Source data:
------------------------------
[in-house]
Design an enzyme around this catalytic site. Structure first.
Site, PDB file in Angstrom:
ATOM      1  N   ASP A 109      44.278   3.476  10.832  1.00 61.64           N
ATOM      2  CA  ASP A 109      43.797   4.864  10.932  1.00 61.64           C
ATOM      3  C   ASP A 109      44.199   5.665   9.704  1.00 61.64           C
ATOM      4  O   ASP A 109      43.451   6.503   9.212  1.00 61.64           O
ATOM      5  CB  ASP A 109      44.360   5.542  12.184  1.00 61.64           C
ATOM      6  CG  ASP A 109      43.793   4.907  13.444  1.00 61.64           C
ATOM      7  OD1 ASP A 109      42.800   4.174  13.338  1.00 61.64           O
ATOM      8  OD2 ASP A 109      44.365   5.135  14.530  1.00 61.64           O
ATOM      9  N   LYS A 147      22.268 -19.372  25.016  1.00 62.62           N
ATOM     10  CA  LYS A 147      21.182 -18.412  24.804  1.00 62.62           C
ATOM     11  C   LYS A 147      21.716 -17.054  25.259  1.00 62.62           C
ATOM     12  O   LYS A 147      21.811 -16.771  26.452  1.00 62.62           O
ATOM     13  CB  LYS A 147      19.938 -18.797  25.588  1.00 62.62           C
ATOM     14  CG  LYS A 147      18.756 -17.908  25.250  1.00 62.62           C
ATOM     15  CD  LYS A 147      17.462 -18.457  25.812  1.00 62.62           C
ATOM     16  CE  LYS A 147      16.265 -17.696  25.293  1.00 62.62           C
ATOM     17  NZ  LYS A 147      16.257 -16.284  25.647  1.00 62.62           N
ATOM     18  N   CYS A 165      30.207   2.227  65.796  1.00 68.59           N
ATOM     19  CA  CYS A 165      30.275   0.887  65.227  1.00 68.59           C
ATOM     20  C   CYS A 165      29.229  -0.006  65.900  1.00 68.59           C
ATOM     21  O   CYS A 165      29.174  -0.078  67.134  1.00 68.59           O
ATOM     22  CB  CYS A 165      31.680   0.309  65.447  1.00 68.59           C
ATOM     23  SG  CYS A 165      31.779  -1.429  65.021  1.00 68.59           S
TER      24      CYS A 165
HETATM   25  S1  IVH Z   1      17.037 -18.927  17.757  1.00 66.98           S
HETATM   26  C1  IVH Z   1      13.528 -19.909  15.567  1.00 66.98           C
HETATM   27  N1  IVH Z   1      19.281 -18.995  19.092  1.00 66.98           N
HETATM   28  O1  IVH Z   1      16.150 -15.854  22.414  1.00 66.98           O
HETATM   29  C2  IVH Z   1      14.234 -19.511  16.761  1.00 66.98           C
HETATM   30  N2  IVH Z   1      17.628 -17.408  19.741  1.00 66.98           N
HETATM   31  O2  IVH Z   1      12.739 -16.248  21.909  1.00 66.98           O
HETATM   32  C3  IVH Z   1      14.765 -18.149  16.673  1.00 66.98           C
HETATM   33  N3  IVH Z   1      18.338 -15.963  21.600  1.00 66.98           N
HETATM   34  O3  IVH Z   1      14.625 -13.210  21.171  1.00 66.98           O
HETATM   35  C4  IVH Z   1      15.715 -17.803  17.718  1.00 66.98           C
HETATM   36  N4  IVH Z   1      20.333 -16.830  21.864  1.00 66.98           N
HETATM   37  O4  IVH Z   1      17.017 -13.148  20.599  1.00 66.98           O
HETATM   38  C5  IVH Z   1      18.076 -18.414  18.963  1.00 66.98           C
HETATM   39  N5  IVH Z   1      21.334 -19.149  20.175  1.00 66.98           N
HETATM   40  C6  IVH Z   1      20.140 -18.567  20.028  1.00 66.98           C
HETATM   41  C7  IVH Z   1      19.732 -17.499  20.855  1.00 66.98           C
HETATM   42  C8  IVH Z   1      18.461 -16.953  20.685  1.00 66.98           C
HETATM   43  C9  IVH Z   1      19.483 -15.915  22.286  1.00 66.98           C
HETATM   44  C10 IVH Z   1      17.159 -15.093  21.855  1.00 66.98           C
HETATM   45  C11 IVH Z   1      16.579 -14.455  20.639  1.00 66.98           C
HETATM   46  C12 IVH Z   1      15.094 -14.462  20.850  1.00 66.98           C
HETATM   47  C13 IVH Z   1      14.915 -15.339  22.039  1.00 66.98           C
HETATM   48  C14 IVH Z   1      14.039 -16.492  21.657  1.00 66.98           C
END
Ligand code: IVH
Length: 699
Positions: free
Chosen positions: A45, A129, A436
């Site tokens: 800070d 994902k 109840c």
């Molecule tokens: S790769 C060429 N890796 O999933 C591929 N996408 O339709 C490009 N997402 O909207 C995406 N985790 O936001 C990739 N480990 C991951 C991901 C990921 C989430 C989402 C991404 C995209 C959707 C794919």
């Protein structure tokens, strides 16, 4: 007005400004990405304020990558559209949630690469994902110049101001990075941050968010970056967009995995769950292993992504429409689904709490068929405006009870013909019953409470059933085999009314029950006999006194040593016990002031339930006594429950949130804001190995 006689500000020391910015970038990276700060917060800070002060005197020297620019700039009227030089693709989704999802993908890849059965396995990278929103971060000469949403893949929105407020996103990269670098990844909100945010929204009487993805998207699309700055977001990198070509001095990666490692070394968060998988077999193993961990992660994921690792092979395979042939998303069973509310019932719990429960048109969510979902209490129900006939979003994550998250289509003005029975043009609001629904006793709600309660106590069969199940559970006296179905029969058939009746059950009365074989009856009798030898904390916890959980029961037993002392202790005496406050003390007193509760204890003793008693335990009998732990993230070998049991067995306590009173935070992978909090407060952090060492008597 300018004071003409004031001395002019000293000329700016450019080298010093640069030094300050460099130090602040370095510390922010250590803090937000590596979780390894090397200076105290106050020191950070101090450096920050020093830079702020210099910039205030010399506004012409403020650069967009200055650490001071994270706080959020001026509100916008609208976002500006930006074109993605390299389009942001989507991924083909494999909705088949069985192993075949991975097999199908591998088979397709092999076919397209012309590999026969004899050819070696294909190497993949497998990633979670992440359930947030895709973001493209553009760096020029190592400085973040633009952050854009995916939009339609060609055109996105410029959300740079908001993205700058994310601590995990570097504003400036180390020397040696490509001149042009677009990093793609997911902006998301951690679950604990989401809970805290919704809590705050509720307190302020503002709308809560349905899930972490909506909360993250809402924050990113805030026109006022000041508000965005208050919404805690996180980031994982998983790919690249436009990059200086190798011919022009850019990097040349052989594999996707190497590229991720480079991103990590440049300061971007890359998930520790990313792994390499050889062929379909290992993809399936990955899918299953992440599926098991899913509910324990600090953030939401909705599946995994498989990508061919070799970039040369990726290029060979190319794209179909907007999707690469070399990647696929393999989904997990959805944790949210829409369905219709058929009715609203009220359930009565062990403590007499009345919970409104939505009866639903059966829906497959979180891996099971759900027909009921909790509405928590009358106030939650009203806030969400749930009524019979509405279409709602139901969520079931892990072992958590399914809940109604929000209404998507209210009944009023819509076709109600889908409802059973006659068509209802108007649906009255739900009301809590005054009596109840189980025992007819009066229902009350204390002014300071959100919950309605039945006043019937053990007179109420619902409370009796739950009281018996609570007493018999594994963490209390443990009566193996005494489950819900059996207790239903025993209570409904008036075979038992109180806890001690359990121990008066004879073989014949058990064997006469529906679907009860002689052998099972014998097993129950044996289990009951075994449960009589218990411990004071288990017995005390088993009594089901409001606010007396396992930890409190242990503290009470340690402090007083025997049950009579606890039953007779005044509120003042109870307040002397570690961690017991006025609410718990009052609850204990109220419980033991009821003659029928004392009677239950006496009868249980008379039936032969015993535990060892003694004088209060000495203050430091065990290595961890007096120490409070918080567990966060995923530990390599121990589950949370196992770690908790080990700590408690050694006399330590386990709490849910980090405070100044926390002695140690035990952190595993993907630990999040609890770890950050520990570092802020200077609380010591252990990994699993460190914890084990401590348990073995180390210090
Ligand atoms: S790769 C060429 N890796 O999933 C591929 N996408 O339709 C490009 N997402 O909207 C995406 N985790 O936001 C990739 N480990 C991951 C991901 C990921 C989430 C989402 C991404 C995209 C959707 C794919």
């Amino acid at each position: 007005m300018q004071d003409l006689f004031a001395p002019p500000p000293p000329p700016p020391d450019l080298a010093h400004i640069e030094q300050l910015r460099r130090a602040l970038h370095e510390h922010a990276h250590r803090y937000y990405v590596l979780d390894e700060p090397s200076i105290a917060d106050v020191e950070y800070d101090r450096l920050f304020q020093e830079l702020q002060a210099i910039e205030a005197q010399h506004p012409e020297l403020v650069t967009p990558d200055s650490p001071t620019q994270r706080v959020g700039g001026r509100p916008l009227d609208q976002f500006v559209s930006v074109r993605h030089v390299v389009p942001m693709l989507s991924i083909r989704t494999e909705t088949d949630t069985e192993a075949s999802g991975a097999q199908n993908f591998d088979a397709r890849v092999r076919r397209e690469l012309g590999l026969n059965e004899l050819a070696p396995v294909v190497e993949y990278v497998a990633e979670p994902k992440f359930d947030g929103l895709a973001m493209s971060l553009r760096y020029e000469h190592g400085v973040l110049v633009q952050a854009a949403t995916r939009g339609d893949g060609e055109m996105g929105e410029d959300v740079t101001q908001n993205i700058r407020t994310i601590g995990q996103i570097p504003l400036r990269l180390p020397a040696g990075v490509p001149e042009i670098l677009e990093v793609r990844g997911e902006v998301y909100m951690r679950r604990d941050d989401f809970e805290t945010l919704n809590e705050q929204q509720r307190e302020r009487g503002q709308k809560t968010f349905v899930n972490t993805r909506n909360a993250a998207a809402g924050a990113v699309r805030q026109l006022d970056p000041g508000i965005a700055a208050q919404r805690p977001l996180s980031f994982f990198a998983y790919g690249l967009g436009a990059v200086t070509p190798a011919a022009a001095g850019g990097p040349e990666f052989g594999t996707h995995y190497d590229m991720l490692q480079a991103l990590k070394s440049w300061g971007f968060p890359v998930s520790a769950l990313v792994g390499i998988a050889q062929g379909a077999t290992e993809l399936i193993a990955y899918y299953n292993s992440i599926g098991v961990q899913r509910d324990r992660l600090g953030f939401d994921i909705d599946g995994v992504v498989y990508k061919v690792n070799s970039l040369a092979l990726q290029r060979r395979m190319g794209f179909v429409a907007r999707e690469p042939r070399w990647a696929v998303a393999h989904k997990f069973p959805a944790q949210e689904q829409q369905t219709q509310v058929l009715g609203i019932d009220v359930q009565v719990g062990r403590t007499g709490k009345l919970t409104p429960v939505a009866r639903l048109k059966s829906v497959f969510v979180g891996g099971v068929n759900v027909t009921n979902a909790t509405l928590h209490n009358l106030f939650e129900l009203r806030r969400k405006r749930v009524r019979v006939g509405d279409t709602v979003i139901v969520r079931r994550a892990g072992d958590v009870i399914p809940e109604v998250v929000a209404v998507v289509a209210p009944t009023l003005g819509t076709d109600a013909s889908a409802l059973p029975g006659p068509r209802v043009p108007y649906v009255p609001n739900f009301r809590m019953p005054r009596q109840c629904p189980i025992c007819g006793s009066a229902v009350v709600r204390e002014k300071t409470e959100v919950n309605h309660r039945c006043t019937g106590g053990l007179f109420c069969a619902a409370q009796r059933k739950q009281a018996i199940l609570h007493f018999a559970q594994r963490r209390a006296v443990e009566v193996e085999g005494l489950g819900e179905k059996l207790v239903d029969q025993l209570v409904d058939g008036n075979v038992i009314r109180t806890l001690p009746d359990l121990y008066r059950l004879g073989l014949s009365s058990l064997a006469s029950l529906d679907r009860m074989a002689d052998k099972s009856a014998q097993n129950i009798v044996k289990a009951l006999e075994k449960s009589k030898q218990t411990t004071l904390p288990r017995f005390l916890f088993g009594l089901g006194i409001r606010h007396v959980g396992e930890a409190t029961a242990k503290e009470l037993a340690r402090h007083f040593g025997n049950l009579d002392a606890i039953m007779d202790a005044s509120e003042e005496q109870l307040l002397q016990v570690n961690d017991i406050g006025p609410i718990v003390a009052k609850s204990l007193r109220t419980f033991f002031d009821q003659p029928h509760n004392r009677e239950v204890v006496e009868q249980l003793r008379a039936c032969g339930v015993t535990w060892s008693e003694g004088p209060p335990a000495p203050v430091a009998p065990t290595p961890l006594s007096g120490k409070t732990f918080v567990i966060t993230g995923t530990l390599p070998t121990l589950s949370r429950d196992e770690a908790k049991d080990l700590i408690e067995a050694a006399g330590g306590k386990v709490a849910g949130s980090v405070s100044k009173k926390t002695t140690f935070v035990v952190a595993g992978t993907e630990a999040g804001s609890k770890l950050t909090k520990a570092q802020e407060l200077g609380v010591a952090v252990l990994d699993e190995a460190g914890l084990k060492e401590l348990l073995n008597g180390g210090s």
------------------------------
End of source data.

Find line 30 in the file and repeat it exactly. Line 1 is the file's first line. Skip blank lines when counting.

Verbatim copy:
HETATM   27  N1  IVH Z   1      19.281 -18.995  19.092  1.00 66.98           N